cbd oil dosage for anxiety

The Ultimate Guide to CBD Oil For Anxiety: Science, Benefits & Dosage

CBD has a range of health benefits and can be taken as part of a healthy lifestyle to alleviate the symptoms of anxiety. This guide takes you through everything you need to know about CBD oil for anxiety.

What is CBD?

CBD is an active cannabinoid found in cannabis, otherwise referred to as marijuana or hemp. It stands for Cannabidoil and is a completely natural chemical that can be extracted for human use to relieve anxiety.

CBD can be taken in either the full spectrum (containing other cannabinoids) or isolate (solely CBD) varieties depending on your preference.

Becoming increasingly popular as a health product in the UK, North America and globally, it is different from THC, another cannabinoid found in hemp. This is Tetrahydrocannabinol and is the chemical that ‘gets you high’. CBD products for anxiety contain only trace amounts of THC which will have no effect. The legal amount permitted in the UK is less than 0.2% THC.

What is CBD oil?

CBD oil is the CBD compound extracted from the cannabis plant by a variety of methods, most commonly CO2 extraction and steam distillation, dissolved in an oil. It is taken orally, added to food or drink or by putting drops under the tongue.

In the UK CBD must legally contain less than 0.2% THC. As a result, you cannot get high or experience psychological effects from CBD oil. Now there are patented technologies that allow the human body to better absorb CBD – these have created water soluble CBD oils and are changing the face of CBD as a health supplement.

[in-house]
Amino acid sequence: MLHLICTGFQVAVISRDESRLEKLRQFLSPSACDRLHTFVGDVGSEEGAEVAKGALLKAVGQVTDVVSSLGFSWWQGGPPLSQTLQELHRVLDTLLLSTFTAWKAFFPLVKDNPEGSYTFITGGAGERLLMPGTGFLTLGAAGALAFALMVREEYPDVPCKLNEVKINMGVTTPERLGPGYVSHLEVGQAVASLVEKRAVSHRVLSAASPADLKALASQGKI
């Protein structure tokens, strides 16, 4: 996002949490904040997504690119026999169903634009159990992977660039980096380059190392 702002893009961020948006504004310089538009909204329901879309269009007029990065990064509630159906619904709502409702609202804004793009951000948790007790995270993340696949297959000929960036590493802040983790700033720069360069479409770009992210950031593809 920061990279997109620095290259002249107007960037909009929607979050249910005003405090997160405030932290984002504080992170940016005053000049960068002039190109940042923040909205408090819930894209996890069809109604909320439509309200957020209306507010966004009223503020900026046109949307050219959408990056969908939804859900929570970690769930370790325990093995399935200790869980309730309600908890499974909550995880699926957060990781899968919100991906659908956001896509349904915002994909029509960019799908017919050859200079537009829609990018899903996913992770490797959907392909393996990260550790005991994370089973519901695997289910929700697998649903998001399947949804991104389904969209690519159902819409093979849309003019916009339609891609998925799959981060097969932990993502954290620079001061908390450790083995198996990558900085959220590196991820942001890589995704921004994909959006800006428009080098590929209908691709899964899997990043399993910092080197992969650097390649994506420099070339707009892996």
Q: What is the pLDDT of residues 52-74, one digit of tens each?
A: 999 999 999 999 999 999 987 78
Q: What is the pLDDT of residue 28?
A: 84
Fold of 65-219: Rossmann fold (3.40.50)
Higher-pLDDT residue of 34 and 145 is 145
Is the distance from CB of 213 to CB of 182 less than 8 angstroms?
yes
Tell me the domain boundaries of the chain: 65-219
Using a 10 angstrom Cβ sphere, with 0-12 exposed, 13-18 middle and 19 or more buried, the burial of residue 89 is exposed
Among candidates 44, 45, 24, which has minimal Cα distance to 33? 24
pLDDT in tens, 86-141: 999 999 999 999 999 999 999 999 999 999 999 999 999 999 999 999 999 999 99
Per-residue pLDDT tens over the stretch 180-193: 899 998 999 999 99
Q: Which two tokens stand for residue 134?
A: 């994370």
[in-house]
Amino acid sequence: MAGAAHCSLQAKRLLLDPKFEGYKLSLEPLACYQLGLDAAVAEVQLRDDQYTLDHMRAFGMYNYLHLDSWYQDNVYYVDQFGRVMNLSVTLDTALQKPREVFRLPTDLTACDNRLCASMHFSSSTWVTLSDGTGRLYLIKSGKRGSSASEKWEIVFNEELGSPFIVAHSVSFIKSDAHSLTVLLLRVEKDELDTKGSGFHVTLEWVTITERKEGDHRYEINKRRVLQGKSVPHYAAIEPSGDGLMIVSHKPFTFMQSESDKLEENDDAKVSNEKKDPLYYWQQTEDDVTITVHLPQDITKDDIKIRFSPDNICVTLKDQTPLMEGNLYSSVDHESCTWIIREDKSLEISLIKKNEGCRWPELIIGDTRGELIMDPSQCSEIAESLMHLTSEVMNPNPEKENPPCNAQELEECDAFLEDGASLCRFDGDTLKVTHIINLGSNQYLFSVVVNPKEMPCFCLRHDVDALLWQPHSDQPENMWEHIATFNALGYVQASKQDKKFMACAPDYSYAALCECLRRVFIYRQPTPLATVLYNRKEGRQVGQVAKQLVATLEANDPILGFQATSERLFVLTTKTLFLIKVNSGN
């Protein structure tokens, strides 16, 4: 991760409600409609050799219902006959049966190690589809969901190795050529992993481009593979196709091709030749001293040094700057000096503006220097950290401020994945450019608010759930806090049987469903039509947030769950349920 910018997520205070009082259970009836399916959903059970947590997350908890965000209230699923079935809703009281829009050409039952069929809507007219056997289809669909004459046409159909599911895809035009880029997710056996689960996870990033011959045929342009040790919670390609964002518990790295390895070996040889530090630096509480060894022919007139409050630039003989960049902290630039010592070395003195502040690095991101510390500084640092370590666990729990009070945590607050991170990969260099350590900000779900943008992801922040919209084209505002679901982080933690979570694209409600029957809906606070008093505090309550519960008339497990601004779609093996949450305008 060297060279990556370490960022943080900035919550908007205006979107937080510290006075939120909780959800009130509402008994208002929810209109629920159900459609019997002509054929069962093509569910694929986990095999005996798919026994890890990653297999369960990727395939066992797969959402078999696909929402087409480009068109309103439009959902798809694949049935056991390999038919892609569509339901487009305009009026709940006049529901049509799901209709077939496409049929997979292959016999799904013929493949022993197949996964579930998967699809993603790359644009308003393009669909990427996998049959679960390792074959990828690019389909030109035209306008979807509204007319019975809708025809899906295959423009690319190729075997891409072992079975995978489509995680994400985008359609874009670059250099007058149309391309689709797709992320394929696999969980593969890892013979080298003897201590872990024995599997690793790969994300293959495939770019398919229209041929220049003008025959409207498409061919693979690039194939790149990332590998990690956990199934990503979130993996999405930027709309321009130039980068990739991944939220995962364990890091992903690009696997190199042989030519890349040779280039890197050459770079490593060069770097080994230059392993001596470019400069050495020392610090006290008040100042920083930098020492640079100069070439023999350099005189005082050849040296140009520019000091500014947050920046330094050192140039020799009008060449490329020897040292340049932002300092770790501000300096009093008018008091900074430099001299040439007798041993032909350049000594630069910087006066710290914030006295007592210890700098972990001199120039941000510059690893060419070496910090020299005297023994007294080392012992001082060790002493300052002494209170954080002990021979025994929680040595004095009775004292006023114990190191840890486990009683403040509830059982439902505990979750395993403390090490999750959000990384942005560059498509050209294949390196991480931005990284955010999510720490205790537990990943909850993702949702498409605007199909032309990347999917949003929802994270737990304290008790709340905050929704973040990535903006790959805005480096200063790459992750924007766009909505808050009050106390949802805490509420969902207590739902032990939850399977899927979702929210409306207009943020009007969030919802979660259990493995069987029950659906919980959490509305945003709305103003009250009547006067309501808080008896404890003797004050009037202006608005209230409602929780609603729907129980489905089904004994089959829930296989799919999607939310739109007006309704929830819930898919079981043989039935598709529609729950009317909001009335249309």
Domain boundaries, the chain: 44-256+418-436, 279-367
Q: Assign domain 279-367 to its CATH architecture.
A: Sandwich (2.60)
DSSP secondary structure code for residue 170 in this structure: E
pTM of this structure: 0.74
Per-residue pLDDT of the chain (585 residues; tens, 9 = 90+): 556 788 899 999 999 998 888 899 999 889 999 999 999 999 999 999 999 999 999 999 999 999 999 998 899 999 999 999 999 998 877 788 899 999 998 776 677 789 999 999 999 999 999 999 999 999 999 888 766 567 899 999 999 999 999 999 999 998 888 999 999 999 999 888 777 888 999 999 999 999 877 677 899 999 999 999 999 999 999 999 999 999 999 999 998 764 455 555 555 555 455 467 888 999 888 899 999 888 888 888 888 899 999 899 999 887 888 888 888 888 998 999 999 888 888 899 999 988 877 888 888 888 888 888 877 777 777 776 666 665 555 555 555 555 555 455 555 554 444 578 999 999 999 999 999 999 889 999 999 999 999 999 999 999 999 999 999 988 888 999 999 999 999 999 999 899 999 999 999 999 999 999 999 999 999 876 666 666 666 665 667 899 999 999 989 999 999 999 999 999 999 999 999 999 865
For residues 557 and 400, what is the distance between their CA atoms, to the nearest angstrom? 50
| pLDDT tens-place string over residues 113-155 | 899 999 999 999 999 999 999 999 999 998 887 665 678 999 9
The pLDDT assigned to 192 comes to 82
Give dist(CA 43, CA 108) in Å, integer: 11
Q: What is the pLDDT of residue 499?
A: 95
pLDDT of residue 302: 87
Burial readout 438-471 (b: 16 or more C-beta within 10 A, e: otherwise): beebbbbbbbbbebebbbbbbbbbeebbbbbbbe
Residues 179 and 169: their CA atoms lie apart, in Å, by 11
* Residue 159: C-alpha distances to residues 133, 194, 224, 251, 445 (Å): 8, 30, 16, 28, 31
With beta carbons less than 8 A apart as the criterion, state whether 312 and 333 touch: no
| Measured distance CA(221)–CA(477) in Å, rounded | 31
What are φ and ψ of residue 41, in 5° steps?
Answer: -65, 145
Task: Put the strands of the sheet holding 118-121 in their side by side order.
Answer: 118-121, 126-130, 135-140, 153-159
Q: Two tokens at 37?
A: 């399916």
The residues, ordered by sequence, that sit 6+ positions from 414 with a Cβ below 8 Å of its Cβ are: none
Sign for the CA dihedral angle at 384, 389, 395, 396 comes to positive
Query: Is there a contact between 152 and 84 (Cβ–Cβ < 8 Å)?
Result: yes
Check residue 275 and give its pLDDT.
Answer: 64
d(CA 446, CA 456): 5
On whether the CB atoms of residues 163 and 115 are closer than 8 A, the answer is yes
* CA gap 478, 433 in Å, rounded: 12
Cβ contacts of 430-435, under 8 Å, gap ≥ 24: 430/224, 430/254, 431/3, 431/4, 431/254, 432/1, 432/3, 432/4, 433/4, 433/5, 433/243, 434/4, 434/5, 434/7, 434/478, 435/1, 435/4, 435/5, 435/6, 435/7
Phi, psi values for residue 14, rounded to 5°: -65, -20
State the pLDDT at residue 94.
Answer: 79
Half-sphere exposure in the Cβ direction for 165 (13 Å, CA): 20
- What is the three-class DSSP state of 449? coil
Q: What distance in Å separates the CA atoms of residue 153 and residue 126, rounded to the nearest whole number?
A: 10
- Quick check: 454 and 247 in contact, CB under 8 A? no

With water soluble CBD oils, you know exactly what you’re getting as absorption rates are up to 99%, as opposed to 5% for non-water soluble products.

What types of anxiety can CBD help with?

Current scientific knowledge points to CBD oil helping with the following anxiety conditions and symptoms:

  • Generalised anxiety disorder (GAD)
  • Social anxiety disorder (SAD)
  • Post-traumatic stress disorder (PTSD)
  • Obsessive compulsive disorder (OCD)
  • Panic disorder and panic attacks
  • Anxiety induced insomnia

Studies include a 2016 US study on the effects on PTSD including insomnia and a 2015 study on various types of anxiety, including generalised anxiety disorder.

Another good resource for reading more about scientific studies is on Project CBD.

The benefits of CBD for anxiety

It’s important to differentiate that CBD is not a cure for anxiety or depression and won’t root out the exact cause, but can be used to improve its symptoms.

Typically, the main benefit users can experience is this reduction in symptoms of anxiety, alleviation of stress, depression and an improvement in general well-being. When used alongside other methods such as counselling, it can be a great source of extra support to get the results you’re looking for.

It’s also very easy to incorporate into your daily and weekly routine as simple to use pipette bottles are the standard for CBD oils, letting you accurately control your dosage.

How does CBD work to alleviate symptoms?

CBD (a cannabinoid) is absorbed into the bloodstream and helps to regulate the existing endocannabinoids produced by our bodies which naturally impact on mood, appetite, sleep and the sensation of pain.